Bitcoin mining regularly gets bad press for high levels of electricity use, with a Cambridge University index currently ranking it just above Egypt at an annual power consumption of 135TWh. Crypto mining is the thin end of the wedge – the same study puts data centres even higher at 200TWh, the level of South Africa. And these numbers are only going up.
As a byproduct of doing useful work processors convert energy into ‘waste’ heat, which then requires 50 percent more energy to remove via air conditioning. Making use of this heat is the best route to improving data centre sustainability.
The typical image of a data centre is a vast warehouse with racks of servers pushing out products and services to the global population’s phones and laptops. But this instantaneous communication is less than half of the data centre market, with 60% now taken up by data processing – much of which does not need to be done in real-time and so is collated and run in batches.
Bringing sustainability to your batch compute
There are two market forces shaping batch compute: the outsourcing of processing by companies and organisations to the cloud to reduce overhead costs and take advantage of economies of scale; secondly the spreading of managed cloud services across many physical locations creating a distributed cloud architecture.
Batch compute that is not time sensitive can make the most of the efficiencies of the cloud, which is where heata comes in. Heata is building a distributed server network with custom hardware that uses waste heat to provide hot water. The heata units are the worker nodes in a Kubernetes environment, managed and secured using SUSE Rancher.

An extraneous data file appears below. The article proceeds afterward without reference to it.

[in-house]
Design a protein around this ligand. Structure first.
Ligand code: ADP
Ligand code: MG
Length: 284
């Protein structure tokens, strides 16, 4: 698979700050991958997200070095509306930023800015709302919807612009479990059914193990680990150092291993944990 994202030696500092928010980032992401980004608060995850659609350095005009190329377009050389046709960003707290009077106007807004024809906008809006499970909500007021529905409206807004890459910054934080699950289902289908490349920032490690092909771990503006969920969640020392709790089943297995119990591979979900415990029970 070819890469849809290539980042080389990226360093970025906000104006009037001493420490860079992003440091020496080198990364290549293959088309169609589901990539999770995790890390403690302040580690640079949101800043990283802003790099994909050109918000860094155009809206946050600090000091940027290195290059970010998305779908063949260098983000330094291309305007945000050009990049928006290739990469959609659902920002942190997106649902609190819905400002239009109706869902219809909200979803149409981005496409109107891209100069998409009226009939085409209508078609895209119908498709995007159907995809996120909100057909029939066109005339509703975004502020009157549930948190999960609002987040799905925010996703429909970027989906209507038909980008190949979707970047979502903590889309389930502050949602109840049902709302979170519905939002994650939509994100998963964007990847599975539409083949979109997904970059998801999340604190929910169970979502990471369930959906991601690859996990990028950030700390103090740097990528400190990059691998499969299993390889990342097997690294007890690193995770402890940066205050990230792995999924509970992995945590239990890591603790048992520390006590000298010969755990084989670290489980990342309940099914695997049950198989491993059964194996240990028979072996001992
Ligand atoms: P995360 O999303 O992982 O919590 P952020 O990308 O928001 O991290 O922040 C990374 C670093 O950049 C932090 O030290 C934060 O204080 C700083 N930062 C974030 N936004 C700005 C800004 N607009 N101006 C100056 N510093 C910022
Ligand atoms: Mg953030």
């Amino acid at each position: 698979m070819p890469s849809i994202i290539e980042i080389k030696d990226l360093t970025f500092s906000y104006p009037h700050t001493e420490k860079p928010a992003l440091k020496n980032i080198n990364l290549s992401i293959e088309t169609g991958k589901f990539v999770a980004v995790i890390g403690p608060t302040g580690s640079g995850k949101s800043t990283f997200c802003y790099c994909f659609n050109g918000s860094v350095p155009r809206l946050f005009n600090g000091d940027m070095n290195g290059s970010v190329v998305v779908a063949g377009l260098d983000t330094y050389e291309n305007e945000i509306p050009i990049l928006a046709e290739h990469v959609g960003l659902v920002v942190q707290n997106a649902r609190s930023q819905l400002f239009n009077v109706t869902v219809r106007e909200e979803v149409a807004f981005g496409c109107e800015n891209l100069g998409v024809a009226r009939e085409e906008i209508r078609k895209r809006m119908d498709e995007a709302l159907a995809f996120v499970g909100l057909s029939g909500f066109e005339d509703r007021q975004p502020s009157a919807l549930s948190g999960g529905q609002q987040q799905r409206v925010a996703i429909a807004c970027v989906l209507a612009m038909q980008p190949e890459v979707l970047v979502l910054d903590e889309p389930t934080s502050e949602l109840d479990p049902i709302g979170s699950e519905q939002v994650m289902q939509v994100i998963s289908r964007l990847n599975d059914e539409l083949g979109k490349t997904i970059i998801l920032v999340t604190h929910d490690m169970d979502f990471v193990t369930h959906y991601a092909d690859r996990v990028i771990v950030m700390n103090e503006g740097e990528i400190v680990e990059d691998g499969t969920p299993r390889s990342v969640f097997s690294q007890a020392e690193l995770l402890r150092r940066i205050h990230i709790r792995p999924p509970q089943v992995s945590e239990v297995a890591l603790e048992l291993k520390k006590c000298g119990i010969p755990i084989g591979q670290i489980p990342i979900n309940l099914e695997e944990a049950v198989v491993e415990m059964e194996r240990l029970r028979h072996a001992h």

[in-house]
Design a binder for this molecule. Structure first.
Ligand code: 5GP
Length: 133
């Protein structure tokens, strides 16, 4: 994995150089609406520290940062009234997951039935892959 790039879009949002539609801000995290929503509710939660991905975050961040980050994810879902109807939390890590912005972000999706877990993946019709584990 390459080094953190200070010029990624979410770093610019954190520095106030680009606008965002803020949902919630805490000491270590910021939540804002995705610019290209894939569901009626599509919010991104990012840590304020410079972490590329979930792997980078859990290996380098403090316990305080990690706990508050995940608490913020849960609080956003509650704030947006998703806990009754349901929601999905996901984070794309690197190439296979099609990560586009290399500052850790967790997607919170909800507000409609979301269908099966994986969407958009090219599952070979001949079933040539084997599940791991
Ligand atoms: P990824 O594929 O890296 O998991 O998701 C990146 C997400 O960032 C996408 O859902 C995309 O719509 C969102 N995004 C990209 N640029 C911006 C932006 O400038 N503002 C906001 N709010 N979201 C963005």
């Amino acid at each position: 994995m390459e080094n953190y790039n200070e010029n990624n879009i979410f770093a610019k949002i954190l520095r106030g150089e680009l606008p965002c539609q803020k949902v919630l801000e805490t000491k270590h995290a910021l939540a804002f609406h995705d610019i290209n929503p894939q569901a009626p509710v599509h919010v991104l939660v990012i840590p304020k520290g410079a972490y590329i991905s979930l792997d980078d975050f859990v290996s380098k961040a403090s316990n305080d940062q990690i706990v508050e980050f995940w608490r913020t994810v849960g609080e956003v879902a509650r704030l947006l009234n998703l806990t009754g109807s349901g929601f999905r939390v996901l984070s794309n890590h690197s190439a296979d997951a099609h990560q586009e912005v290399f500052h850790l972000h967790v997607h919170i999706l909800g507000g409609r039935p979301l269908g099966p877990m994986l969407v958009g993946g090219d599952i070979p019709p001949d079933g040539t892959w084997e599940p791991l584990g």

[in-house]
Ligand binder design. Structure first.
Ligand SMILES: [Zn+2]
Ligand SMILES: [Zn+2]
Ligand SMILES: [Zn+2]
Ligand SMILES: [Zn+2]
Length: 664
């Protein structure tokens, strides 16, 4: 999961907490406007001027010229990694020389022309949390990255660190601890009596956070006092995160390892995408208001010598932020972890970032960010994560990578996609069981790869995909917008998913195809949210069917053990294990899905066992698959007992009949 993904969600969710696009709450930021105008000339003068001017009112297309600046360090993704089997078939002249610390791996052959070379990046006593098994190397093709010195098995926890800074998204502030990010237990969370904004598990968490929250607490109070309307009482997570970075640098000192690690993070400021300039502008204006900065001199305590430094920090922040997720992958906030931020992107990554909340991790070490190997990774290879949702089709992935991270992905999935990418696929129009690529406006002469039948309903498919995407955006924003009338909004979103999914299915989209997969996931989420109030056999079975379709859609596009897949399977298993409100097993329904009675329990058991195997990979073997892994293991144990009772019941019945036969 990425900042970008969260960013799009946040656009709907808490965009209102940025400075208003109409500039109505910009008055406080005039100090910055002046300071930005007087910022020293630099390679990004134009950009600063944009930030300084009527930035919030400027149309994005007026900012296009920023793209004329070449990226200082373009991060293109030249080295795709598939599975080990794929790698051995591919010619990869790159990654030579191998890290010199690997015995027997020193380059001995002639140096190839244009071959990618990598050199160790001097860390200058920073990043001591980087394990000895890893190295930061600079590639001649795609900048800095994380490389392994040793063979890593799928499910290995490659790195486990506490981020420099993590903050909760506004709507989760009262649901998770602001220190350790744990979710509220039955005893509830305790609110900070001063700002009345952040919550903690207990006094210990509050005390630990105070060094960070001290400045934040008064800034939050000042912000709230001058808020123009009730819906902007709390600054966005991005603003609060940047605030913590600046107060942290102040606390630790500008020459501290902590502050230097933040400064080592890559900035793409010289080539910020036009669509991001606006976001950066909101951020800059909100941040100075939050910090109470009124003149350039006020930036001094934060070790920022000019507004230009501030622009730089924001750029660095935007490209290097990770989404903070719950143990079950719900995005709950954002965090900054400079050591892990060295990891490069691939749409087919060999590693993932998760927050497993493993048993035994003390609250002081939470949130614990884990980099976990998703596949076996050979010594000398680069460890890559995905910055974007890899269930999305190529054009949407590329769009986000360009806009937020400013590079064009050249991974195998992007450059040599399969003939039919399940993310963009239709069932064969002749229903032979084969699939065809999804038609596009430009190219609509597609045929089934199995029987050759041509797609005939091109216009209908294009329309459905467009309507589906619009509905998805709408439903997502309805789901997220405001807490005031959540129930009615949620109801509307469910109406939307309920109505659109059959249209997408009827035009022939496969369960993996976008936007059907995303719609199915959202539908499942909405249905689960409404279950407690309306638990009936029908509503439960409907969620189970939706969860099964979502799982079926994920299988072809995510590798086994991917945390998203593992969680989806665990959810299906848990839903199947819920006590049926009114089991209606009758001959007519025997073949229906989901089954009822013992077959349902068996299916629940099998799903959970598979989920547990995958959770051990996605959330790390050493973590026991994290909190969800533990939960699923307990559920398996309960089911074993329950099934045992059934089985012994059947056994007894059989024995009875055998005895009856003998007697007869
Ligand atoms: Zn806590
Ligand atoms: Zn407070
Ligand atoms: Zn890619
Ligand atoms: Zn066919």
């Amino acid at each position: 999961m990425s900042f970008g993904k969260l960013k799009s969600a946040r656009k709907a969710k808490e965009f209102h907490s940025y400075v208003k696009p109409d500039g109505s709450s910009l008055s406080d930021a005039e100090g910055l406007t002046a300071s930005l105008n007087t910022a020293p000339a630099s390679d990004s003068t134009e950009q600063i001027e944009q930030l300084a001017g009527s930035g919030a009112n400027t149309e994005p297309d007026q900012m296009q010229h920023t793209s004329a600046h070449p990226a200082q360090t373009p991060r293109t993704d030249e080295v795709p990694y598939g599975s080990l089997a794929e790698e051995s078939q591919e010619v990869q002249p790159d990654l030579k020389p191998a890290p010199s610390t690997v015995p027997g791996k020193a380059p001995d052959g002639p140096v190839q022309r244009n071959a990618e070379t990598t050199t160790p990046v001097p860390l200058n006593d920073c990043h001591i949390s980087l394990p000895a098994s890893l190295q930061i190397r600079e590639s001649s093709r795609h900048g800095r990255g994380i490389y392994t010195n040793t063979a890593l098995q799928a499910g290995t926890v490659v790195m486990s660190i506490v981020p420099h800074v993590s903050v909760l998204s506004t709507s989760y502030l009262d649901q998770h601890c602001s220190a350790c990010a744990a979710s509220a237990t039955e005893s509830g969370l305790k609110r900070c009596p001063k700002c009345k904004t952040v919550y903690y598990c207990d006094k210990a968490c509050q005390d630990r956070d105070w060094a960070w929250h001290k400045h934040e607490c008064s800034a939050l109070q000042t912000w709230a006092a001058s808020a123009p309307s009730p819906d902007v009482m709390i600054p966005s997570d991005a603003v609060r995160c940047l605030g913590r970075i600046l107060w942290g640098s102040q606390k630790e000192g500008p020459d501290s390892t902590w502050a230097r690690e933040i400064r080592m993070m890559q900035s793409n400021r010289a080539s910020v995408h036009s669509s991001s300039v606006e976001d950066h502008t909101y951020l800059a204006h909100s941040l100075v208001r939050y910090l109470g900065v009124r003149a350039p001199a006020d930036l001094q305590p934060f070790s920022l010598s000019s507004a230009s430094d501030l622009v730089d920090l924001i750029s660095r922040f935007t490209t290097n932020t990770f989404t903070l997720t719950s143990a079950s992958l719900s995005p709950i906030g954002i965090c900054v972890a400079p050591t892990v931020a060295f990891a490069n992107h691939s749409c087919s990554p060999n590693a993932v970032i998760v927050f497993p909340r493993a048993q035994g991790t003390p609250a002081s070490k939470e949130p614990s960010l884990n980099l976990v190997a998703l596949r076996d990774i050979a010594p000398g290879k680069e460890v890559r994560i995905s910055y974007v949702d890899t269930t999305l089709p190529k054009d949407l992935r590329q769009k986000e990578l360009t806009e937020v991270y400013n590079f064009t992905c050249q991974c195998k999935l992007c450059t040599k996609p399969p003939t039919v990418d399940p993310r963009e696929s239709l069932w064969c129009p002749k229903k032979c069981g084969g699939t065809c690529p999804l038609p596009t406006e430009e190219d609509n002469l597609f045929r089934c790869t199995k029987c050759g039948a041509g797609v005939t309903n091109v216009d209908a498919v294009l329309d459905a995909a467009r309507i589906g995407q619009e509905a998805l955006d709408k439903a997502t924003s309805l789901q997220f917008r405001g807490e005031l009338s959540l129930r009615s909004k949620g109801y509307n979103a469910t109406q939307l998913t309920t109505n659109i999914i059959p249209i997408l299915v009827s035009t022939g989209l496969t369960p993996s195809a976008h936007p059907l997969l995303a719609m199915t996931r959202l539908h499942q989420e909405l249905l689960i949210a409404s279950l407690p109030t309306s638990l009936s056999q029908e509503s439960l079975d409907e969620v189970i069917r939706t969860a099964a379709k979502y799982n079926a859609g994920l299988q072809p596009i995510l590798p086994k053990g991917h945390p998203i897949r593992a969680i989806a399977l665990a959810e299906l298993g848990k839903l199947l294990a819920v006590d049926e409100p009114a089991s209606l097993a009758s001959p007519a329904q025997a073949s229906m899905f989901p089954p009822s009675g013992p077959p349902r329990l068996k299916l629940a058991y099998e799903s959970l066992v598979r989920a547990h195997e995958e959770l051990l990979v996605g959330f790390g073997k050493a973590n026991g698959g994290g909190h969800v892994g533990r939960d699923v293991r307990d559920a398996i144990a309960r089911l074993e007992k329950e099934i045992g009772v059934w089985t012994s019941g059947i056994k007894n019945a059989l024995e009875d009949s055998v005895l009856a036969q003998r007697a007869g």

With the UK aiming to reach net zero emissions by 2050, and a carbon tax a strong likelihood in the near future, it’s clear that all types of businesses and organisations need to bring greater sustainability to all aspects of their operations.
We work with companies and data centres to reduce the carbon footprint of their offline batch cloud compute
What kind of batch compute works with heata?
Put simply, any type of compute that doesn’t require real-time processing can be run on the heata network. Here are some key examples:
- In silico drug research and protein folding
- DNA sequencing
- Image rendering and media transcoding
- Engineering and science simulations
- Financial risk simulations
- Climate modelling
How does heata work?
- A powerful compute server is attached to domestic hot water cylinders.
- The processing power is rented out to organisations who have compute workloads.
- The heat generated by the processing is transferred into the water in the cylinder.
Once installed, a heata unit generates about 80% of an average household’s hot water by re-using heat that would otherwise be emitted into the atmosphere by a data centre.
Run your batch compute through heata
Processing on the heata network can become part of your ongoing Environmental Management System, such as ISO 14001, and also offer significant CSR benefits, through supporting families in fuel poverty with free hot water.
Ready to run your workloads on the heata network and turn waste heat into hot water for households that need it? Get in touch to see how we could work together.